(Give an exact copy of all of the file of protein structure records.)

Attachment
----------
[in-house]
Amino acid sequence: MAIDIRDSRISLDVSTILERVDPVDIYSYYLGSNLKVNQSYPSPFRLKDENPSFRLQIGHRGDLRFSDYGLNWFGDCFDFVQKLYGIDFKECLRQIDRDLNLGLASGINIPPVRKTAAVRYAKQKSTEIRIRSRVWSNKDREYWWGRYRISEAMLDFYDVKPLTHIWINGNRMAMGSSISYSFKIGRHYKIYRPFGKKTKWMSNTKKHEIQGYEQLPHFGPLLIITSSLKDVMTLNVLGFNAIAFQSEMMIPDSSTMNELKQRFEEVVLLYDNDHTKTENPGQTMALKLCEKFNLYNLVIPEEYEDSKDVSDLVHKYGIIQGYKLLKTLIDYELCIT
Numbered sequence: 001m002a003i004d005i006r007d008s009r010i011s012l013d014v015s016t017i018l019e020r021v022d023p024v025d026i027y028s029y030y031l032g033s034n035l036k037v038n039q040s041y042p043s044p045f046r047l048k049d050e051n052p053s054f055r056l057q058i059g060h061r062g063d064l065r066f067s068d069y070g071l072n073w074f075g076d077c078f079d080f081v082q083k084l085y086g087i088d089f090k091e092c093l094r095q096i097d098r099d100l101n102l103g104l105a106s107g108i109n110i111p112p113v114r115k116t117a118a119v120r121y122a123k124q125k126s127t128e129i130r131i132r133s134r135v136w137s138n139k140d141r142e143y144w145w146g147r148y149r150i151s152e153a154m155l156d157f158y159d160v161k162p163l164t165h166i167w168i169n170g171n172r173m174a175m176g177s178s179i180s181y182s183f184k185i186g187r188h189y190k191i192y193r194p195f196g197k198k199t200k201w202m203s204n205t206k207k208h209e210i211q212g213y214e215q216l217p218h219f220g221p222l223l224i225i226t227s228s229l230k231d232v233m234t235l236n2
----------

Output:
[in-house]
Amino acid sequence: MAIDIRDSRISLDVSTILERVDPVDIYSYYLGSNLKVNQSYPSPFRLKDENPSFRLQIGHRGDLRFSDYGLNWFGDCFDFVQKLYGIDFKECLRQIDRDLNLGLASGINIPPVRKTAAVRYAKQKSTEIRIRSRVWSNKDREYWWGRYRISEAMLDFYDVKPLTHIWINGNRMAMGSSISYSFKIGRHYKIYRPFGKKTKWMSNTKKHEIQGYEQLPHFGPLLIITSSLKDVMTLNVLGFNAIAFQSEMMIPDSSTMNELKQRFEEVVLLYDNDHTKTENPGQTMALKLCEKFNLYNLVIPEEYEDSKDVSDLVHKYGIIQGYKLLKTLIDYELCIT
Numbered sequence: 001m002a003i004d005i006r007d008s009r010i011s012l013d014v015s016t017i018l019e020r021v022d023p024v025d026i027y028s029y030y031l032g033s034n035l036k037v038n039q040s041y042p043s044p045f046r047l048k049d050e051n052p053s054f055r056l057q058i059g060h061r062g063d064l065r066f067s068d069y070g071l072n073w074f075g076d077c078f079d080f081v082q083k084l085y086g087i088d089f090k091e092c093l094r095q096i097d098r099d100l101n102l103g104l105a106s107g108i109n110i111p112p113v114r115k116t117a118a119v120r121y122a123k124q125k126s127t128e129i130r131i132r133s134r135v136w137s138n139k140d141r142e143y144w145w146g147r148y149r150i151s152e153a154m155l156d157f158y159d160v161k162p163l164t165h166i167w168i169n170g171n172r173m174a175m176g177s178s179i180s181y182s183f184k185i186g187r188h189y190k191i192y193r194p195f196g197k198k199t200k201w202m203s204n205t206k207k208h209e210i211q212g213y214e215q216l217p218h219f220g221p222l223l224i225i226t227s228s229l230k231d232v233m234t235l236n2